Crushing Tech Interviews with the Sliding Window Pattern
I'll be basing the next few blog posts around the topics discussed in https://www.educative.io/courses/grokking-the-coding-interview/. This will be my take on the content covered throughout the course. If you find this at all useful you should go and support them on educative.
Alright, so lets get started.
There are quite a few questions that are asked which require you to work out something among a continuous subarray of a given size.
At the beginning of my grind, I struggled to come up with a brute force solution to such questions. So in this article, I'm going to describe both the brute force solution and also the optimal solution to the following question:
Given an array, find the average of all contiguous subarrays of size ‘K’ in it.
Array: [1, 3, 2, 6, -1, 4, 1, 8, 2], K=5
One way of solving this would be to:
- Find the average of the first five numbers [0:6]
- Find the average of the next five numbers [1:7]
- Find the average of the next five number [2:8]
- and so on..
The code for this would look something like:
def find_subarray_averages_of_size_k(k: int, arr: List[float]) -> List[float]: result =  for i in range(len(arr) - k + 1): subarr_sum = 0 for j in range(i, i + k): subarr_sum += arr[j] result.append(subarr_sum / k) return result
So what's the time complexity for something like this? I'd suggest you try working this out yourself.
Time complexity: O(N * k)
Explanation: We're looping through N - k +1 elements in the input array and for each element we're looping through K elements to add up the sums.
Spoiler: We can do better using the sliding window approach!
The first question to ask ourselves is: Where is the inefficiencies?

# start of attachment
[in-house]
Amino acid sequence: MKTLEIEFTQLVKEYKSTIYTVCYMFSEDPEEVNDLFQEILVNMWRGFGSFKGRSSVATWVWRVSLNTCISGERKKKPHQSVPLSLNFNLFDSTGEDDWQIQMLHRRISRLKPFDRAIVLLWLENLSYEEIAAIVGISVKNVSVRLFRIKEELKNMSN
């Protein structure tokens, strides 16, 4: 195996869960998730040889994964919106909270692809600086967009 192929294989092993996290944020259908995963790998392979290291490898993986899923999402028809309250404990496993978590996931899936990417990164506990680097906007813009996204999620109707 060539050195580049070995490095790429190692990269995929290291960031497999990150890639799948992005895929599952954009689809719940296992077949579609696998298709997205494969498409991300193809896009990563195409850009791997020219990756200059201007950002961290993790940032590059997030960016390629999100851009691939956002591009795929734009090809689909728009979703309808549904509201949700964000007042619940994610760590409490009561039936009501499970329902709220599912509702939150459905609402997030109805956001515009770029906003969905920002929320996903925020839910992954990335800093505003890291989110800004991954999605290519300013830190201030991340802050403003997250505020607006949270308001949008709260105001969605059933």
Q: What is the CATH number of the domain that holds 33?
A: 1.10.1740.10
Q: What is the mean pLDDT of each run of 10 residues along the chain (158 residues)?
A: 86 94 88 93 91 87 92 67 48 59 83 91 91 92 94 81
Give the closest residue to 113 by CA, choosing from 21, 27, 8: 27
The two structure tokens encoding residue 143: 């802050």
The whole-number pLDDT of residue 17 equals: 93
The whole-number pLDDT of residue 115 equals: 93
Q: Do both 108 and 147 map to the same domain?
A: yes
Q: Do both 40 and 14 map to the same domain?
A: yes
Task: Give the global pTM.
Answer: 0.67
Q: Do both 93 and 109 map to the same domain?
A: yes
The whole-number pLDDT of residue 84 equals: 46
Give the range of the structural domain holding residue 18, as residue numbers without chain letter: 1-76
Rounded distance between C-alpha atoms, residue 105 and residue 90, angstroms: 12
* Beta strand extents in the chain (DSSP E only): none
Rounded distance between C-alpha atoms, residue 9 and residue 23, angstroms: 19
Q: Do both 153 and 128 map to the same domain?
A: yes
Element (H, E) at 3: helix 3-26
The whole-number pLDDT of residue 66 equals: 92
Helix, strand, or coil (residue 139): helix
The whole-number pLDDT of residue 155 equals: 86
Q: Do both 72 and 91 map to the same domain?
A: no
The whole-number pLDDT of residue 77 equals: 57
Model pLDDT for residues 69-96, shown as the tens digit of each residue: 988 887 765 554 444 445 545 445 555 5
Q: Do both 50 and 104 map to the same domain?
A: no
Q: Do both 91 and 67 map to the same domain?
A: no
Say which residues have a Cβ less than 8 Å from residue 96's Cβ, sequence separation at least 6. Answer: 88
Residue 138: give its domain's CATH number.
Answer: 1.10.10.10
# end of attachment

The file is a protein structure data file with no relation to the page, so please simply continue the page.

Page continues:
Well, if you look at each one of the steps where we're calculating the averages, you can see that most of the elements that we're using are the same! The only differences are at the beginning and the end of subarray. (Or if you prefer Linked List terminology, the head and the tail)
Here's a visual representation of the differences and similarities between step 1 and step 2:
As you can see, all the elements in blue are the same. The differences are circled in red.
Let's bring in the sliding window.
Essentially, you need to visualise a sliding window of k elements which slides over one element at each iteration. What I mean by 'slides over' is that we remove an element from the beginning of the sliding window, and we add an element at the end of the sliding window.
Have a look at this beautiful diagram:
Pretty simple right? It's crazy to think that such a small change in the algorithm can lead to such drastic improvements. We've just reduced the space complexity from O(N * k) → O(N) !
Here's some code for you:
def find_subarray_averages_of_size_k(k: int, arr: List[float]) -> List[float]: result =  window_sum, window_start_idx = 0, 0 for window_end_idx in range(len(arr)): window_sum += arr[window_end_idx] # Add the next element to the sum. if window_end_idx > k: # We only want to add to the result when the sliding window has reached size k result.append(window_sum / k) window_sum -= arr[window_start_idx] # Take away the first element from the sum window_start_idx += 1 # move the start element of the window ahead.
Note: In this case the sliding window was a fixed size. This may not always be the case; you may need to resize based on the constraints of the problem.
Problems to practice:
Nice article. Sliding window is an useful technique. I think though you have some issues in your logic and code. You mention that for k = 5 you should take elements from [0:6]. This range will take the first 6 elements not the first 5, and so on for the rest of the ranges.
Also in the optimzed code you have a problem with the result appending condition:
if window_end_idx > k: should be
if window_end_idx - window_start_idx == k -1. You want ranges of 5 elements.
Also you need to return the results: